Fresh loans since the start of the year prompted analysts to caution against the risks reckless borrowing may pose to China’s financial system. Recent reports warn that China’s debt piles up fast, and there may be hard-to-manage consequences.
Standard & Poor recently noted that the country’s debt, which has seen a big increase relative to its GDP in recent months, may put a strain on its credit ranking. Experts believe that a boost in credit could spell big trouble for the Chinese economy, the currency, and stocks.
Other experts believe that the country’s central bank may have lost regulatory control on credit. As of January, China’s debt mounted to a staggering 3.42 trillion yuan, or 525 billion U.S. dollars.
Analysts believe that the recent loans were only conjectural, but they warned that, if the situation continues, the country may experience a surge in bad debts as businesses would no longer find profitable projects to engage in. Plus, China currently struggles with the slowest economic growth in the past 25 years.
George Magnus of the UBS Group believes that while credit expansion may help the Chinese economy maintain momentum on the short run, it may cause ‘big problems’ later on. Magnus, a chief economic adviser for the USB Group, has accurately forecast the July slump on the Chinese stock market.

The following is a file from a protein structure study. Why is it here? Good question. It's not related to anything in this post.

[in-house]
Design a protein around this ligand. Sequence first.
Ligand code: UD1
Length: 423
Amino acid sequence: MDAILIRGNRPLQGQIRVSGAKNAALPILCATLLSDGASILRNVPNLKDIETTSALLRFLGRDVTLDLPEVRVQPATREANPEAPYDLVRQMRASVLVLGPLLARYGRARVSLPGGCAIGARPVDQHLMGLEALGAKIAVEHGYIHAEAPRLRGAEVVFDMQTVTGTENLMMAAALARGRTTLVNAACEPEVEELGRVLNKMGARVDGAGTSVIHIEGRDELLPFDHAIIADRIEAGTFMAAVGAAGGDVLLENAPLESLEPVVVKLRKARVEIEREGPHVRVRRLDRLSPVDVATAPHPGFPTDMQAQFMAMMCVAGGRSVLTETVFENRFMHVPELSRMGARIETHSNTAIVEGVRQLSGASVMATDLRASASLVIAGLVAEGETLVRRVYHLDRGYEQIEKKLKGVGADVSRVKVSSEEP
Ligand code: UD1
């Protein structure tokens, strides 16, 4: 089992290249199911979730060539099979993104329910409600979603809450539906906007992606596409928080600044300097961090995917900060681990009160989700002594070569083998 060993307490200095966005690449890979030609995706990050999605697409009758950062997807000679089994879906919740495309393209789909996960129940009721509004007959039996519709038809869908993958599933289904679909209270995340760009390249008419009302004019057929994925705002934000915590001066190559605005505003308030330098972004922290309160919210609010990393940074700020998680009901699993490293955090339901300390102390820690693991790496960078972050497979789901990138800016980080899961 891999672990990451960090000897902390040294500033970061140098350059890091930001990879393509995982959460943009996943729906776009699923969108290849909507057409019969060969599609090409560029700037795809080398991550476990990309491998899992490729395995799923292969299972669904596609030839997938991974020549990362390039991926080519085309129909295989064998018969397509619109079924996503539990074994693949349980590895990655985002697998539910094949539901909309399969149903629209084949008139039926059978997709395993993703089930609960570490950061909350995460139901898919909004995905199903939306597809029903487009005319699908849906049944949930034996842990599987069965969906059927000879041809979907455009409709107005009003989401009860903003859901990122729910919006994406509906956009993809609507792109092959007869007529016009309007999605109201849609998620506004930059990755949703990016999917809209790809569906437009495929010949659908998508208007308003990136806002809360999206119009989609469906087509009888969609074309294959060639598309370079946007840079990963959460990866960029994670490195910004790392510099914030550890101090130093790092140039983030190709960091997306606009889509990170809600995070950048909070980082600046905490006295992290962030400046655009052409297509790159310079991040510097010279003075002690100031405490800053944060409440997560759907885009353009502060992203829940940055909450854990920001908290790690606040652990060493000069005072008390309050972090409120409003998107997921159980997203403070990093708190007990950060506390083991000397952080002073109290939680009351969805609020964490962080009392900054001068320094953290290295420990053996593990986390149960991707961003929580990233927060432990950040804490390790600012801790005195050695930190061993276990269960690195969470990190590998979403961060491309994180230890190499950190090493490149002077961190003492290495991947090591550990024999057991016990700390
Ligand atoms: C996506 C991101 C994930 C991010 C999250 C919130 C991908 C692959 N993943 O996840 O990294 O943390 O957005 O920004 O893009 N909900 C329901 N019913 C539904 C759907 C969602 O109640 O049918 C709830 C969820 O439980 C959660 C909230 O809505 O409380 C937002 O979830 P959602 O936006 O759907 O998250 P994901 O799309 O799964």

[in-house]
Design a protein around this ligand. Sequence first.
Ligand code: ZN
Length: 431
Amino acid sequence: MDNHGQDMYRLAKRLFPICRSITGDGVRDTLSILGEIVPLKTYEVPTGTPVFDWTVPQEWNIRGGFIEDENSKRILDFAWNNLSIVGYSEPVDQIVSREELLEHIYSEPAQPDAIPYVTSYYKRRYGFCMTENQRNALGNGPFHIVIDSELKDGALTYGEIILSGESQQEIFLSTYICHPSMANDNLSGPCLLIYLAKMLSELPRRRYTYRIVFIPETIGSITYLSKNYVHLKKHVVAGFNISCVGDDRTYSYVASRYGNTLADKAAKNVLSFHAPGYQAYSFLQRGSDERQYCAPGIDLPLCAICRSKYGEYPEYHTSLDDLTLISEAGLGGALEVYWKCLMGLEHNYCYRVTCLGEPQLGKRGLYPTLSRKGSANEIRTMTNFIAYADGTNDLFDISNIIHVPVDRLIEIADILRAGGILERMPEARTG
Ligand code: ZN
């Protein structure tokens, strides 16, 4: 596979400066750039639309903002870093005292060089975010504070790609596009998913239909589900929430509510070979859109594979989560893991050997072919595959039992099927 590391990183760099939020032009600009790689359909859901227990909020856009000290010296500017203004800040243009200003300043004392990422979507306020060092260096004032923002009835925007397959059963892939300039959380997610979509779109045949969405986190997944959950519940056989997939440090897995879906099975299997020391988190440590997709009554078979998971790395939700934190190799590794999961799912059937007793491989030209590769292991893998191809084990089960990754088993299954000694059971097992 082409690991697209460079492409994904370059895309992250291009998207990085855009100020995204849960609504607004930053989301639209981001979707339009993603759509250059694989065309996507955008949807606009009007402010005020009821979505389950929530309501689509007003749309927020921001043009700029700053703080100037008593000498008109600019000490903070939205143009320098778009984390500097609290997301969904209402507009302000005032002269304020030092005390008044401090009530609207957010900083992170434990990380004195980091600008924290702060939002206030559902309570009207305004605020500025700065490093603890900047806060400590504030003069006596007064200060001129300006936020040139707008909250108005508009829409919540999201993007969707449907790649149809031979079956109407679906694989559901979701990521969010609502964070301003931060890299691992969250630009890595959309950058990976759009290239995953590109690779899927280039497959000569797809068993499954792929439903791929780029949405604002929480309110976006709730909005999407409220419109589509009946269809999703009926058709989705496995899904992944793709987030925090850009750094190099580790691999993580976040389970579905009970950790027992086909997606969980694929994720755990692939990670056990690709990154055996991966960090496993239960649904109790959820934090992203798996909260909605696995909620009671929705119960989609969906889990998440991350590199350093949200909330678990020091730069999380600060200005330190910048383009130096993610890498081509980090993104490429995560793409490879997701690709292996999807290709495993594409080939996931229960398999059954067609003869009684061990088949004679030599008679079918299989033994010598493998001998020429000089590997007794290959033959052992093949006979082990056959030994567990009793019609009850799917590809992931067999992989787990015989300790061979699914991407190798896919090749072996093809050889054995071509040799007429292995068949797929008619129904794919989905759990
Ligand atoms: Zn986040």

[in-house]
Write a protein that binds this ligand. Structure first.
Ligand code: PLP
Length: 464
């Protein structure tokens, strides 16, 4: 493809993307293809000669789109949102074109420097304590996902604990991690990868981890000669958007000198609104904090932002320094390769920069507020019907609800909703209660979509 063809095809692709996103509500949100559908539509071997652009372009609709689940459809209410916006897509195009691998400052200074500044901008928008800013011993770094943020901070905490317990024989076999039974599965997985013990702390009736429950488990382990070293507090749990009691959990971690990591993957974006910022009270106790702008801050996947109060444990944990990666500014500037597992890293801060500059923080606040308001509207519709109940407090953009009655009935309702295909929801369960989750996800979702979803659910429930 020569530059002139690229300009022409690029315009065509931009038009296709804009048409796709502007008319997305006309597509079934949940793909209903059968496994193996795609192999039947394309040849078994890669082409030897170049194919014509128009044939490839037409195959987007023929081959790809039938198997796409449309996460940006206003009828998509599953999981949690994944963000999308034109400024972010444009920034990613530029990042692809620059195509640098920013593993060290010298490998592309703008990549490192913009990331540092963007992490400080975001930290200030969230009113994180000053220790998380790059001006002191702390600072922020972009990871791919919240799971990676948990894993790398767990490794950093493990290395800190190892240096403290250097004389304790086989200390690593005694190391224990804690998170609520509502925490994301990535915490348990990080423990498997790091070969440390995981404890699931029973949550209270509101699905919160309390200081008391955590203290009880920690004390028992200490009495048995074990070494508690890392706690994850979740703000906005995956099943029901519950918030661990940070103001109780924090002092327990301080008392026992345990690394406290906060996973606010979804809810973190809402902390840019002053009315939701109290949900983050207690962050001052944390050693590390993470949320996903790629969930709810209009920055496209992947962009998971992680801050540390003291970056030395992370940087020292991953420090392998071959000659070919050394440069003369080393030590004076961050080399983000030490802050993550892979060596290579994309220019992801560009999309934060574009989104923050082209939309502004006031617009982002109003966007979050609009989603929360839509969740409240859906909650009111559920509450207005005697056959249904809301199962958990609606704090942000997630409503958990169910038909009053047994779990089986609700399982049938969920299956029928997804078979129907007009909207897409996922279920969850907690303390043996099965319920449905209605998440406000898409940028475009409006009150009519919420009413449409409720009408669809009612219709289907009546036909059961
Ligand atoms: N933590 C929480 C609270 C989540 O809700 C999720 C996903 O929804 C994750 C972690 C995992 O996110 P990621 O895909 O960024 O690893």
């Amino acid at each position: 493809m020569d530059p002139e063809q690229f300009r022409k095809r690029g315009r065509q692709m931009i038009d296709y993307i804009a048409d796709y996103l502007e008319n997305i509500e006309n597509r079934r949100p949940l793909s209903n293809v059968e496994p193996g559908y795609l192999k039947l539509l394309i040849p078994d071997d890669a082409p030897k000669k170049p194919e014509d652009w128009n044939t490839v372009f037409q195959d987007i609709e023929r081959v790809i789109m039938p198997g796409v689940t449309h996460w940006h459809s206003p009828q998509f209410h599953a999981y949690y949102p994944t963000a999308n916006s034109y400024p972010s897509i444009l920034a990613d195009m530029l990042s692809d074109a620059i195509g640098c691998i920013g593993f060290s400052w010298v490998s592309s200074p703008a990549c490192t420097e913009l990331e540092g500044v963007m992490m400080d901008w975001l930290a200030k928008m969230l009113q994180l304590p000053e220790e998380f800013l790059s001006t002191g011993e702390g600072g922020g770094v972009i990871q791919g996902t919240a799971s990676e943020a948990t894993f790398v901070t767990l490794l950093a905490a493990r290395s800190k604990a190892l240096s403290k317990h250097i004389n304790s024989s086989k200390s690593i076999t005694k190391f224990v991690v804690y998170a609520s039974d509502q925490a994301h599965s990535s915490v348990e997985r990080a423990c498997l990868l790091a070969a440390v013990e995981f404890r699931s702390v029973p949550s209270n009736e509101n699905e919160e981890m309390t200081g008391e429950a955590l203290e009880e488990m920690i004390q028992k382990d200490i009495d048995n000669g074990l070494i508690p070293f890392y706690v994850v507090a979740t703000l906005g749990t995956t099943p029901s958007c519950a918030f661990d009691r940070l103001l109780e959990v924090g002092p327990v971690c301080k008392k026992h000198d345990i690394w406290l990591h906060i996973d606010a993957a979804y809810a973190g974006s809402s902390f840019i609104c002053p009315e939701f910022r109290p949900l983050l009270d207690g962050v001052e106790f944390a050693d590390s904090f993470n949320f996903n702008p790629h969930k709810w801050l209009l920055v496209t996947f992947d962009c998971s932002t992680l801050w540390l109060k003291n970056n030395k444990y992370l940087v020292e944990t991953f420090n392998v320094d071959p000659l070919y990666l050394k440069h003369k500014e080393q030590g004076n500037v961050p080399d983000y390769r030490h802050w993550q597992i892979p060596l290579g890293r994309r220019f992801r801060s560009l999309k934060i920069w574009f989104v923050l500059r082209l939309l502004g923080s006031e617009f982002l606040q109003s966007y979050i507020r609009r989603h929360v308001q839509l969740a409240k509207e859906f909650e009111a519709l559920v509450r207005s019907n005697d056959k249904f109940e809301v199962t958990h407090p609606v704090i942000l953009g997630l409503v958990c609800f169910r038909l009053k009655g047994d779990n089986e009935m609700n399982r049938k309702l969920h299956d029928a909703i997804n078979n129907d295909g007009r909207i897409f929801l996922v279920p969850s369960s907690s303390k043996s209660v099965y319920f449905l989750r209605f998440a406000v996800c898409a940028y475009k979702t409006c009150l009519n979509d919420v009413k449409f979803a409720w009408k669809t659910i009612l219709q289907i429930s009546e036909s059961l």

Nevertheless, Magnus did not tout the idea of a meltdown. He only counseled cautiousness until the end of the year. China’s debt versus GDP jumped 209 percent in the last quarter. Bloomberg experts noted that it is the highest jump since they started to gather the data in 2003. Bad debt spiked 7 percent at the end of last year to 1.27 trillion yuan.
Currently, China’s S&P credit rating is AA, but according to a report released last fall, the country could be downgraded if the government attempted to boost economic expansion by pumping more credit into investment spending.
Experts, however, do not believe that Beijing may repeat the 2008 and 2009 moves when it urged lenders to lend as much as they could. Yet, analysts are concerned that the country’s leadership is not willing to curb leverage, despite the official rhetoric that they are working to fix the country’s rampant debt.
The People’s Bank of China and several state agencies pledged Tuesday that they would take measures to fight off overcapacity and prevent loans from being granted to ‘zombie’ businesses.
Magnus noted that most of these promises are empty talk since there aren’t any concrete measures set in place to rein in the tidal wave of new credit impacting the economy.